It is uncommon for birds to have parasites, but your bird could become ill if he becomes infested. There is a host of parasites of which you should be aware. By knowing what to look for, you can help to eradicate most of these pests before they have the opportunity to harm your pet.
Symptoms include restlessness, sores or crustations around the mouth and weakness. Feather picking is not a sign of external parasites, contrary to popular belief.
Mallophaga: These include a number of species of biting and chewing lice. Clinical signs are mild or absent; however, heavy infestations do indicate other diseases are present. Attacks many birds, particularly cockatiels and canaries.
Scaly Face (Leg) Mange Mites: Rare on most birds, other than budgerigars. A white, porous, crustation can be seen around the mouth, cere, eyelids and beak, and the beak might become deformed. In passerines, long smooth crusts form on the plantar surfaces of the toes ("tassel foot").
Feather Mites (Red Mites): Signs of infestation include restlessness (particularly at night), intense itching or anemia. Heavy infestation may lead to death. These mites rarely affect caged birds, but are occasionally seen in canaries.
Gray-Cheeked Parakeet Mange Mites: Burrowing mites that may be found on imported Gray-Cheeked parakeets. A notable symptom is the loss of feathers on the head and neck.
Northern Fowl Mites: Outbreaks generally occur with the onset of warmer weather, and they are common in cockatiel flocks.
Fleas: Are not common on birds.
Ticks: Are found in poultry and wild birds, but not commonly on caged birds, unless they have been introduced by another pet.
Internal parasites can pose a health risk to you as well as to your pet, and they are often difficult, if not impossible, to detect except through blood tests and screenings performed by your veterinarian.
- Your bird might exhibit a sudden change in behavior.
- She might increase her vocalization.
- Her plumage may appear oily.
- There may be an increased volume of droppings, and they may appear pale or wet.
- There may be an increased appetite.
- Lesions may be present.
Air Sac Mites: May be found on Lady Gouldian finches, occasionally canaries, rarely on psittacines. There are no outward signs with a mild infestation. With heavy infestation, the bird may develop acute respiratory disease, with characteristic high-pitched clicking noises evident, sneezing, tail bobbing or open-mouth breathing. Tracheal mites may be detected in some cases.
Blood Protozoa, including Haemoproteus, Leucocytozoon, Plasmodium, and Atoxoplasma: These may be found in imported cockatoos, birds of prey and some passerines. They are uncommon in domestically raised birds. Some symptoms include hepatamegaly, splenomegaly and depression. This is usually transmitted by mosquito or biting fly.
Coccidia: Most common in gallinaceous and columbiform birds; uncommon in domestically raised birds. Some have been reported in budgerigars and finches. Symptoms may include breathing difficulties, lethargy or gastroenteritis.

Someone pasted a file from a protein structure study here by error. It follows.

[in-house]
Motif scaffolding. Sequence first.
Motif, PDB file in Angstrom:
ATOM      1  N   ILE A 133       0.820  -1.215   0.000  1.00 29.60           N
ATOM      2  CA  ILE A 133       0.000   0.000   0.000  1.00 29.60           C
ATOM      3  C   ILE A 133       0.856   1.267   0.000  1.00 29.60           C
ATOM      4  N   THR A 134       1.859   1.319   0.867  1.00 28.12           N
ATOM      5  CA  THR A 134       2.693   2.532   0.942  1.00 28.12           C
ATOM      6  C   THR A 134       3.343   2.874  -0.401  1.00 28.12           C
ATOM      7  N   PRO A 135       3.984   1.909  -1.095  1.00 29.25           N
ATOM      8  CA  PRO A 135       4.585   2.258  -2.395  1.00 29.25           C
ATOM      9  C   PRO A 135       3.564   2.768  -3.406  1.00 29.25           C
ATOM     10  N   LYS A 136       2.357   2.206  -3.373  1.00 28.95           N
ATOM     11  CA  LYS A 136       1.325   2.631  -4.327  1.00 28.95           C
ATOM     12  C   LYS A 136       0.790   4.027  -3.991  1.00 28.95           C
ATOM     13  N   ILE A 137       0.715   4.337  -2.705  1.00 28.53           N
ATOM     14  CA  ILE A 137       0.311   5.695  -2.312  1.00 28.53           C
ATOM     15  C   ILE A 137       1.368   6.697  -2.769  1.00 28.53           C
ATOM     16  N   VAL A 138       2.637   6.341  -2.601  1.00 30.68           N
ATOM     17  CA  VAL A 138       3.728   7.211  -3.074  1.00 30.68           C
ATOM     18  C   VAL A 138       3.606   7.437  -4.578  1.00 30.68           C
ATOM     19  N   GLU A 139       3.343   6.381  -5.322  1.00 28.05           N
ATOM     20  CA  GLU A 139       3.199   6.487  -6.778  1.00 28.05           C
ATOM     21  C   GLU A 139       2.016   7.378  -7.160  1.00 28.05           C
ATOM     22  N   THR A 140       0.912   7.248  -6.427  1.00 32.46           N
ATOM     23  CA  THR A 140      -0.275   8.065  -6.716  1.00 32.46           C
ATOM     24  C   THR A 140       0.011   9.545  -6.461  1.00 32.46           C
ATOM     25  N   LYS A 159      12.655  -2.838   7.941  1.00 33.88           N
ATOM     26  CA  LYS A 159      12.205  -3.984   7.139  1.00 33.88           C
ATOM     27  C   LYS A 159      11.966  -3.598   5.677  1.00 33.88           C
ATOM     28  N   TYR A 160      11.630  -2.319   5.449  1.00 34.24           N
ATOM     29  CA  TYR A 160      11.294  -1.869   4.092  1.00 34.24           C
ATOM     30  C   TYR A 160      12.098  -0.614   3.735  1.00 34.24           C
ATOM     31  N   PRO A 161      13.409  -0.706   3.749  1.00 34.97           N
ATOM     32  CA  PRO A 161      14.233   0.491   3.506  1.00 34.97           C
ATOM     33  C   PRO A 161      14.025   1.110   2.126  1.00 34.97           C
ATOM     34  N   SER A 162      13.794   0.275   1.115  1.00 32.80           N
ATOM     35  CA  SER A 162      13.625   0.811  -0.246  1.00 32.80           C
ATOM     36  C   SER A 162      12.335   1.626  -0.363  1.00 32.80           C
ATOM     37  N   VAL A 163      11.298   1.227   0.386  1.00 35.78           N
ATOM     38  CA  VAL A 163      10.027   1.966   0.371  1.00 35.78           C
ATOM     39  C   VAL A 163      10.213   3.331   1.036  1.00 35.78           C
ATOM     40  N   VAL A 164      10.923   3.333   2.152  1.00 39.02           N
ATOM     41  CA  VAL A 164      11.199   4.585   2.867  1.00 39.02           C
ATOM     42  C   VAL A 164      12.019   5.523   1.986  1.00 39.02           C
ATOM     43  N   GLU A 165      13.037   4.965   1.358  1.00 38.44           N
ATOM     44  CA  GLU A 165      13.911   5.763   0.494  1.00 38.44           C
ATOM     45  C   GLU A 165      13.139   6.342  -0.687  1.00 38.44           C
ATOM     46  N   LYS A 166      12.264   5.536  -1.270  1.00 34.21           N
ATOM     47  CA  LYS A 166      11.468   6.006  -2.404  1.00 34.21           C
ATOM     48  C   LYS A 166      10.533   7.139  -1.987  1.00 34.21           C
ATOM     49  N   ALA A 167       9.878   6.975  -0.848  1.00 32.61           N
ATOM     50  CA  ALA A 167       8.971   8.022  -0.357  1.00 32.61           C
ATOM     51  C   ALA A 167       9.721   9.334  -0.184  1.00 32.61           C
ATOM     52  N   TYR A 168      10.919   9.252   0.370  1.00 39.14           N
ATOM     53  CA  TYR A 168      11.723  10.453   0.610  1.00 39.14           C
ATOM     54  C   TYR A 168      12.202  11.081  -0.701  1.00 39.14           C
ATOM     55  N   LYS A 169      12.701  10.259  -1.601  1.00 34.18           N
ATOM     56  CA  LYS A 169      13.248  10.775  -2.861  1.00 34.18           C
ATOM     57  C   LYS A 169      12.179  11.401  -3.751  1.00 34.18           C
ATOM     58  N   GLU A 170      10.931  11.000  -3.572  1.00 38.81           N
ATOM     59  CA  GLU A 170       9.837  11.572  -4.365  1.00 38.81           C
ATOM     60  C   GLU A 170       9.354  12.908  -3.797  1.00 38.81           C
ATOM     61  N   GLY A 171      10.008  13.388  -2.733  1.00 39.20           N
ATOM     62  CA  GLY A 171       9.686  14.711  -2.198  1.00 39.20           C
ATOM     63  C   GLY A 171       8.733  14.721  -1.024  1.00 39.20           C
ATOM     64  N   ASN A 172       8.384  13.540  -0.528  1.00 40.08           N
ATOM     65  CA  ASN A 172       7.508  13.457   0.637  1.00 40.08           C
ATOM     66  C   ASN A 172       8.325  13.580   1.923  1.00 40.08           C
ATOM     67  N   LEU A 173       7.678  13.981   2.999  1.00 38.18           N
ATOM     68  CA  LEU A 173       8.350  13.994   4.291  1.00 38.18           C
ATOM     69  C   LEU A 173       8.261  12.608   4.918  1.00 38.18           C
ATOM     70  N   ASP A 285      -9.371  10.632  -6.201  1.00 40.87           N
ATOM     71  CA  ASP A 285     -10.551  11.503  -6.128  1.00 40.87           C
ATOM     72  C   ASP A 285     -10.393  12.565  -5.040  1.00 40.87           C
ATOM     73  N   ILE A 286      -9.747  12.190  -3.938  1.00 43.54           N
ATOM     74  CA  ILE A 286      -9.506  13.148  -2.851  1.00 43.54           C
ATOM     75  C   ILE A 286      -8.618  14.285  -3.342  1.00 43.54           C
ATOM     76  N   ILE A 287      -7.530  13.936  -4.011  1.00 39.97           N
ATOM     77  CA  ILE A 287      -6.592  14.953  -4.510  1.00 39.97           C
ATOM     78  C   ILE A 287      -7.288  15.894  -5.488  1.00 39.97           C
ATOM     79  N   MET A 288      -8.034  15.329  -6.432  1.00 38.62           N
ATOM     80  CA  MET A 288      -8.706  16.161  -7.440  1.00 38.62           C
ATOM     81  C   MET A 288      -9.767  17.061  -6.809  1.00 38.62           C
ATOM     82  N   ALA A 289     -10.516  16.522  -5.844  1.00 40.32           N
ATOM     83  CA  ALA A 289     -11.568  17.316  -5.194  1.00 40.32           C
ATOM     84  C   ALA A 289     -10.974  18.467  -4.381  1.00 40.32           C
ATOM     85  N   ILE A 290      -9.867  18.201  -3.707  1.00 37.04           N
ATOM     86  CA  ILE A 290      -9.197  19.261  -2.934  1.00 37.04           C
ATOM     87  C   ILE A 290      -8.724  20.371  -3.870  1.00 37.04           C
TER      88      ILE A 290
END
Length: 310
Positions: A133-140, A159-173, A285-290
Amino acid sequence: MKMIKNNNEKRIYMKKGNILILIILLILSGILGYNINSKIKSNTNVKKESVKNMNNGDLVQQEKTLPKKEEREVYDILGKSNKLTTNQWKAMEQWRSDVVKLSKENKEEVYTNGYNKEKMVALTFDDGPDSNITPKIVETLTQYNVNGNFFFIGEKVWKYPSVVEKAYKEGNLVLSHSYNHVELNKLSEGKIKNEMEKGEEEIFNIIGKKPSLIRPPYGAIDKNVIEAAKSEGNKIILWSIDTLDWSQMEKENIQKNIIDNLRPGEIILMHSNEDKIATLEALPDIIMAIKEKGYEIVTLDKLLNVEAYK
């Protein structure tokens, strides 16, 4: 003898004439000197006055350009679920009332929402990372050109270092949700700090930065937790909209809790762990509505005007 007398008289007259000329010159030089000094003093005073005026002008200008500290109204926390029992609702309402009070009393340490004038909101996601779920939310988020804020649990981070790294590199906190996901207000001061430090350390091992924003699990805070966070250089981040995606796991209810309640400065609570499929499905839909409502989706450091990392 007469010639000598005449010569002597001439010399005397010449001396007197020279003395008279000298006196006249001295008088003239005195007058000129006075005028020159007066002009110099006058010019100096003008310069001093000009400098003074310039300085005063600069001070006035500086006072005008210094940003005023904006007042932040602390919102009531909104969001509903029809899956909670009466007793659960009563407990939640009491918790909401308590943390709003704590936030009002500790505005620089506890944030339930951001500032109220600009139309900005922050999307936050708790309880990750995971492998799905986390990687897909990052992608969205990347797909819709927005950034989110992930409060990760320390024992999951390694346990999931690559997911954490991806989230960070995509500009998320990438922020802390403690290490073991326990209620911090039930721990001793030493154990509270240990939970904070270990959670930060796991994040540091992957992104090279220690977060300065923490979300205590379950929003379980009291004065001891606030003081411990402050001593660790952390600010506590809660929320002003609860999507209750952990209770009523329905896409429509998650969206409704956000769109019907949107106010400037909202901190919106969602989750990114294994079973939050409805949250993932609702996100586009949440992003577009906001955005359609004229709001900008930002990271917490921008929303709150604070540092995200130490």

Cryptospordiosis: Seen in a variety of psittacines birds and Gouldian finches. It is uncommon in domestically raised birds.
Roundworms: This is most common in parrots, but rarely in other household birds. Symptoms are weakness and emaciation. In heavy infestations, intestinal obstruction may be present.
Threadworms: Hair-like worms, found in the small intestines. Infestations result in loss of appetite, weight loss and profuse, bloody diarrhea. These are uncommon in domestically raised birds.
Tapeworms (and stomach worms): Often seen in cockatoos and African Gray parrots; uncommon in domestically raised birds. The evidence of worms many occasionally be found in the droppings or around the bird's vent. Vectors of tapeworms are insects, arachnids, earthworms and slugs. Symptoms include diarrhea and the inability to thrive.
Giardia: Most commonly found in young budgerigars and cockatiels, and occasionally in aviary finches, but only rarely seen in parrots. In cockatiels, intense feather pulling along the thighs may occur. The bird may vocalize or "complain" and oily feathers may be present. Generally, pale, wet, voluminous droppings are evident. Symptoms are lethargy, gastroenteritis, unthriftyness and difficulty breathing. In budgerigars, watch for an increased appetite and anorexia, leading to emaciation and death.
Trichomononas: Occasionally seen in canaries, finches, budgerigars and in young Amazon parrots. They are uncommon in domestically raised birds. Symptoms may include white-yellow lesions adhering to the crop and esophagus; the bird may have weight loss and difficulty swallowing, as well as difficulty breathing.
Filarid Nematodes: Found in imported birds, they are also uncommon in domestically raised birds. These affect the feet, air sacs, body cavity and connective tissue. There are no outward clinical signs for most birds; however, in South American species, there may be some swelling of the feet.
Flukes: May be found on the surface of eyes, in proventriculus, small intestine, liver, gall bladder, kidney or blood vessels. Caged birds are rarely infected; these are more common in aviaries.
Remember, if you see or suspect any of these parasites, immediately see your avian veterinarian for diagnosis and treatment.